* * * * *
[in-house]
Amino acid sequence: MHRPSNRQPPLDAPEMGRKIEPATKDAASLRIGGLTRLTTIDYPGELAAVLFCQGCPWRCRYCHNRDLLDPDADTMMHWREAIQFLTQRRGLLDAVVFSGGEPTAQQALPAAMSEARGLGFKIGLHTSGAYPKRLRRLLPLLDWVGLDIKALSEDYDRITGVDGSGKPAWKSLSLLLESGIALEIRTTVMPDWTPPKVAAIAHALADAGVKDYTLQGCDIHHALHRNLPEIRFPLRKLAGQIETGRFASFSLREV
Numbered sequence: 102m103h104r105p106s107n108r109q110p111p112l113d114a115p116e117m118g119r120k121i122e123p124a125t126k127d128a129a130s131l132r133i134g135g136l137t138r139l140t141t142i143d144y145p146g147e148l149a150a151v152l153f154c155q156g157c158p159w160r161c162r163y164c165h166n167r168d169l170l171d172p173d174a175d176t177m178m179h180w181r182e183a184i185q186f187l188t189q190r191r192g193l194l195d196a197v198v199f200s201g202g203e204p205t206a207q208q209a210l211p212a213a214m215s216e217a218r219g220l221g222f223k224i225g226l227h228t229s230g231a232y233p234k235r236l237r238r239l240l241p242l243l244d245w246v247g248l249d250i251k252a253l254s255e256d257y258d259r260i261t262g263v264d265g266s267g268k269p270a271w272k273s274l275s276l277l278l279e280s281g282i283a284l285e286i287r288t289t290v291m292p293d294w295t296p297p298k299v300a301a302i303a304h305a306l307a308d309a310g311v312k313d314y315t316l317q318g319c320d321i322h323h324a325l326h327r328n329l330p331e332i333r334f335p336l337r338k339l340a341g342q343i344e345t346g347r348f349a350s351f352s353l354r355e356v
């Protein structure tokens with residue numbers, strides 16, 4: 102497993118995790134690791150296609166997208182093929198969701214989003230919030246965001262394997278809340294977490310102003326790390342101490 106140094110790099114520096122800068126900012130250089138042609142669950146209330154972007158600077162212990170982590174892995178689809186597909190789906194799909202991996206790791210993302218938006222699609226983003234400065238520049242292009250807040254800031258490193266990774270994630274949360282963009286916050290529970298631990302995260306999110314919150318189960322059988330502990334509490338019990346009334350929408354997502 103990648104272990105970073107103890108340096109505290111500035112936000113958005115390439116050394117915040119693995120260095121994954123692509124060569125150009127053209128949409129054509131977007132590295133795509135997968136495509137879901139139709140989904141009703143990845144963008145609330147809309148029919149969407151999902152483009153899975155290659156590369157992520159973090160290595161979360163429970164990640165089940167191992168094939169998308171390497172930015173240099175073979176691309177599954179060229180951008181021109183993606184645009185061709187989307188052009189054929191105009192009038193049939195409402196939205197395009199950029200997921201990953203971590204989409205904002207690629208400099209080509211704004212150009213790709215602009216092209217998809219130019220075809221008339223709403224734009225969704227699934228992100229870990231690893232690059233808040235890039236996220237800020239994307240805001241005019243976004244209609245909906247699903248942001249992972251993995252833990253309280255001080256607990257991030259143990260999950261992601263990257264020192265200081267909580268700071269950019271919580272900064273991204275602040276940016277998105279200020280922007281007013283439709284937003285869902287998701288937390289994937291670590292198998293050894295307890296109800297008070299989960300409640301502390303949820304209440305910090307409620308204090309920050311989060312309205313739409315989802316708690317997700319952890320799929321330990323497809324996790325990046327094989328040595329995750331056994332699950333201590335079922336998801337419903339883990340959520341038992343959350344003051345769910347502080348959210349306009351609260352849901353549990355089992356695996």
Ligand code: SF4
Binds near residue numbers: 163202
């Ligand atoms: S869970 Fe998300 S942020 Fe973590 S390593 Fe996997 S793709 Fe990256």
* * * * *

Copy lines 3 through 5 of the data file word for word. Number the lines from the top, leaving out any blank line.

Numbered sequence: 102m103h104r105p106s107n108r109q110p111p112l113d114a115p116e117m118g119r120k121i122e123p124a125t126k127d128a129a130s131l132r133i134g135g136l137t138r139l140t141t142i143d144y145p146g147e148l149a150a151v152l153f154c155q156g157c158p159w160r161c162r163y164c165h166n167r168d169l170l171d172p173d174a175d176t177m178m179h180w181r182e183a184i185q186f187l188t189q190r191r192g193l194l195d196a197v198v199f200s201g202g203e204p205t206a207q208q209a210l211p212a213a214m215s216e217a218r219g220l221g222f223k224i225g226l227h228t229s230g231a232y233p234k235r236l237r238r239l240l241p242l243l244d245w246v247g248l249d250i251k252a253l254s255e256d257y258d259r260i261t262g263v264d265g266s267g268k269p270a271w272k273s274l275s276l277l278l279e280s281g282i283a284l285e286i287r288t289t290v291m292p293d294w295t296p297p298k299v300a301a302i303a304h305a306l307a308d309a310g311v312k313d314y315t316l317q318g319c320d321i322h323h324a325l326h327r328n329l330p331e332i333r334f335p336l337r338k339l340a341g342q343i344e345t346g347r348f349a350s351f352s353l354r355e356v
């Protein structure tokens with residue numbers, strides 16, 4: 102497993118995790134690791150296609166997208182093929198969701214989003230919030246965001262394997278809340294977490310102003326790390342101490 106140094110790099114520096122800068126900012130250089138042609142669950146209330154972007158600077162212990170982590174892995178689809186597909190789906194799909202991996206790791210993302218938006222699609226983003234400065238520049242292009250807040254800031258490193266990774270994630274949360282963009286916050290529970298631990302995260306999110314919150318189960322059988330502990334509490338019990346009334350929408354997502 103990648104272990105970073107103890108340096109505290111500035112936000113958005115390439116050394117915040119693995120260095121994954123692509124060569125150009127053209128949409129054509131977007132590295133795509135997968136495509137879901139139709140989904141009703143990845144963008145609330147809309148029919149969407151999902152483009153899975155290659156590369157992520159973090160290595161979360163429970164990640165089940167191992168094939169998308171390497172930015173240099175073979176691309177599954179060229180951008181021109183993606184645009185061709187989307188052009189054929191105009192009038193049939195409402196939205197395009199950029200997921201990953203971590204989409205904002207690629208400099209080509211704004212150009213790709215602009216092209217998809219130019220075809221008339223709403224734009225969704227699934228992100229870990231690893232690059233808040235890039236996220237800020239994307240805001241005019243976004244209609245909906247699903248942001249992972251993995252833990253309280255001080256607990257991030259143990260999950261992601263990257264020192265200081267909580268700071269950019271919580272900064273991204275602040276940016277998105279200020280922007281007013283439709284937003285869902287998701288937390289994937291670590292198998293050894295307890296109800297008070299989960300409640301502390303949820304209440305910090307409620308204090309920050311989060312309205313739409315989802316708690317997700319952890320799929321330990323497809324996790325990046327094989328040595329995750331056994332699950333201590335079922336998801337419903339883990340959520341038992343959350344003051345769910347502080348959210349306009351609260352849901353549990355089992356695996």
Ligand code: SF4